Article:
I began to wonder if... for lack of a better term... if this was, well... 'it.' What should / could I do to promote more growth and creative opportunities? Along the way, some of my peers have encouraged me to finally go into administration. Should I? Where was 'my' future in education? Where was the future headed in education? Should I head toward another school? Another program? Perhaps even another country? Perhaps even another career?
What #CMK11 did... it reminded me that I'm not crazy.
I saw the flow of what I do in the Lab and in Grad classes I steer and practices I defend readily successfully practiced by many folks who I've gathered countless resources from over the years. My project at CMK? I wanted/needed to soak it all in, to watch how the mentors worked, and what the group got out of it... essentially to prove to myself that I wasn't nuts! I worked with some folks to put some of it into a documentary of sorts to do just that. I'm not sure how successful our scattered video edits were... but we did our best to document the courage to learn, explore, and create. It also revealed to me that I'm ready to sharpen my video editing skills ; )
Seeing what went on at CMK has encouraged me to dig deeper, to take more risks, to mentor more... and less actually when appropriate, and to refine my work in the lab and with peers as a mentor even further. It also inspired me to... 'take off my teacher hat and put on my learner hat' again as Gary put it. I needed to spend more time refreshing myself and taking on new challenges. The conference opened many new doors for me with connections, thoughts on the future, and to many innovative resources. The entire journey this Summer from helping take a great baseball team West, to the time at CMK, and casting this Grad Course helped me refresh... and I'm hungry for more.
I'm not nuts. I was just stagnant... and a bit bored.
Sharing lunch with Derrick Pitts and John Stetson, cupcakes with a large group at a round table with Marvin Minsky, and dinner with Sylvia Martinez and Gary Stager was tremendous. I met Mitch Resnick and toured, uh... spontaneously so, the MIT Media Lab. I met and tinkered with Brian Smith, Artemis Papert, Brian Silverman, Lella Gandini, and author Jonothan Kozol... and of course the many, many spirited folks at the conference. All of it... recharged me.
The journey caused me to revisit some programs like the MIT Media Lab. I've been raking in information from the Reggio Emilia approach since returning from CMK, revisiting methodologies to foster growth in learning. It reminded me that I've been at this work for a long, long time. It reminded me that I haven't marketed myself as well as I should to open up more avenues to discuss it and learn with these folks.. not just from these folks. I love the conference scene, especially these new threads like Educon and CMK. I need to do more presenting again on the stories I have, the rLab, and my thoughts on education and learning. I need to meet new folks and make new connections again.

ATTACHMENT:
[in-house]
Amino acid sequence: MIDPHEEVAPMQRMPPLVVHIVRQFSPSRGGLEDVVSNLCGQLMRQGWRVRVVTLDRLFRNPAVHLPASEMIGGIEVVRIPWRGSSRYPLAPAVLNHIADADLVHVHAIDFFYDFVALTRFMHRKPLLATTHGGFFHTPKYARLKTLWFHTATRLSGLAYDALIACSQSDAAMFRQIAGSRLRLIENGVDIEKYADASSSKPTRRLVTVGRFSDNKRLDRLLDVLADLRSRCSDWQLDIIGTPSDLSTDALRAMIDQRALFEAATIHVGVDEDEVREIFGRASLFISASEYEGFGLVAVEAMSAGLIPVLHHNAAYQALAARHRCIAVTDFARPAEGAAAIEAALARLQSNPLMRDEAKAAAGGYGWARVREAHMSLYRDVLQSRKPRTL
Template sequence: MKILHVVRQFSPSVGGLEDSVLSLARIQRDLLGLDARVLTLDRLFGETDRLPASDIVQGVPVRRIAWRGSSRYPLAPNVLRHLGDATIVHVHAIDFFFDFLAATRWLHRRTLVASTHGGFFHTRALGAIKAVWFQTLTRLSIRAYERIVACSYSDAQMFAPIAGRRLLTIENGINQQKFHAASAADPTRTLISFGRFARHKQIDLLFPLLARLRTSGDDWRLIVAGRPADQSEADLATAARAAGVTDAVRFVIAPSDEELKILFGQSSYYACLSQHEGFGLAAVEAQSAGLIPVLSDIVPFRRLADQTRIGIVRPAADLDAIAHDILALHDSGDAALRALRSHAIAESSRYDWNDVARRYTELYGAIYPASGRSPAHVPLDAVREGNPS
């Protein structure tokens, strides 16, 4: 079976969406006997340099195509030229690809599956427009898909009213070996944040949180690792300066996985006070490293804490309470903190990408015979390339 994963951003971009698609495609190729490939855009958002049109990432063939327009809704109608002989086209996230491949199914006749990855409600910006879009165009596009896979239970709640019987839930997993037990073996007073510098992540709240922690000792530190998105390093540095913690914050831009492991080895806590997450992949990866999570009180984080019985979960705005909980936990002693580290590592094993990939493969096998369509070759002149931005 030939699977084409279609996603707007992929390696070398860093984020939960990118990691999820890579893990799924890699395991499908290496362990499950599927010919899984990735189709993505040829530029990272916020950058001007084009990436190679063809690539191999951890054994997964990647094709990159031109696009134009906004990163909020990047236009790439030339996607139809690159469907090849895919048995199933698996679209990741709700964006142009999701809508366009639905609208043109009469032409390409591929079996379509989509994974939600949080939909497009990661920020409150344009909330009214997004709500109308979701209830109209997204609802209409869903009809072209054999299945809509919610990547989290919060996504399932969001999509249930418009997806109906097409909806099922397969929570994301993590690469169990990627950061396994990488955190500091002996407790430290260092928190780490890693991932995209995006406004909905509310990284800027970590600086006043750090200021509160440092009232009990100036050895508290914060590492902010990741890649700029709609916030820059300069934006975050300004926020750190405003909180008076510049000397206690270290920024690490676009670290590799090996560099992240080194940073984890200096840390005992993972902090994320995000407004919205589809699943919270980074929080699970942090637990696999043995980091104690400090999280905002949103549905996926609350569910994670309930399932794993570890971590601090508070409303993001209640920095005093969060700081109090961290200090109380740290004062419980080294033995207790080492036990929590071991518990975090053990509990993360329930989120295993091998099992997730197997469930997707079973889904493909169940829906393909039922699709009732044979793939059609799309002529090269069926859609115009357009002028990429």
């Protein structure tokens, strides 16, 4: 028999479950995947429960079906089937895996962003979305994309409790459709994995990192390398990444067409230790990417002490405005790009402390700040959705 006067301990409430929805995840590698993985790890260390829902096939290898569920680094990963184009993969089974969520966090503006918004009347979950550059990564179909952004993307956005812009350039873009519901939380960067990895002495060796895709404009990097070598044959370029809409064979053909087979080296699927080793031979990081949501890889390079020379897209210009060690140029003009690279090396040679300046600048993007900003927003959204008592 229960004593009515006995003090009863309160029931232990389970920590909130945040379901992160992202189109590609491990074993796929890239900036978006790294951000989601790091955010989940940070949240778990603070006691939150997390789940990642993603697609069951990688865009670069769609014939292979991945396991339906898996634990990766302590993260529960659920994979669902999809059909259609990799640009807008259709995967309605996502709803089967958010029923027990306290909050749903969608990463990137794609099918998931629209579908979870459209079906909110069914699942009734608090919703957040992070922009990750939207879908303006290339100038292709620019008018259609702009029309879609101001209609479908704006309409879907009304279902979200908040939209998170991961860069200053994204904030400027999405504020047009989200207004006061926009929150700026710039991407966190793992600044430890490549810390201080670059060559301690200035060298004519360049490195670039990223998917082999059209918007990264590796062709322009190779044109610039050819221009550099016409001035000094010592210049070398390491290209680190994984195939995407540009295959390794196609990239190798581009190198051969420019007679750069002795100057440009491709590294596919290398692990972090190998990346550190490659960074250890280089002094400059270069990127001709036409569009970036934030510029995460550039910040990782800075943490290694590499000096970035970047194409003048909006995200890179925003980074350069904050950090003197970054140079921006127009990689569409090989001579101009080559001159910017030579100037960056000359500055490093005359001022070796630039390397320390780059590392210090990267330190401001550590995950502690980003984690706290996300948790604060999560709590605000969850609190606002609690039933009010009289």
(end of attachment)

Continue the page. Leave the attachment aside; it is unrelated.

It opened me up again to the future... and where I might head rather than be concerned about how I might... or should get there.
I need to refine my approach on how I share our work here in the rLab and in these courses. I need to keep exploring, and see where it leads me into the future, what opportunities and friendships it opens up into the future. I'm ready to explore new adventures and opportunities.
Since I've been back these couple days, I've done those practical things like pay a few bills, do some laundry, and I've read a lot in a hammock (a relaxing Summer ritual of mine). I've looked over the reflections on the class site from Monterrey. I've seen that Will Richardson has moved to Tumblr and taken off on some great writing again. I've read read some great posts on TeachPaperless, read up on a new blog by Shelly Blake-Plock, and caught up on the posts by Chris Lehmann.
And I feel refreshed.
My sincere thanks and gratitude to the folks I've mentioned here in this long, long tale: The great folks in the Grad Class in Monterrey, the folks at #CMK11, and to those I've cited here that I've gathered inspiration from and who's materials I've shared.
I've already canceled my loosely knit plans to head to Germany next Summer in hopes to revisit the great folks in Monterrey and to explore more of Mexico. I'll seek out new opportunities to present at conferences, continue to blog and reflect... and explore the work of the great folks I've stumbled across this Summer... and stay in touch. I plan on heading back to Educon, to CMK and to sharpen my proposal further for a semester-long sabbatical... and to get into, at long last, my own Masters program. The extended degree will open new doors for me to teach and who knows what else. In this coming year hoping to meet more of the folks I've learned so much from on the web and in person. I hope to continue to develop these new friendships, start new ones, swap stories... and see where it leads me and my desire share and learn.
'Keep moving forward' is the motto I've used for years at the top of my class blog... if I ask my students to practice it readily... I'd better get busy doing it too.
Thanks for tuning in, Adam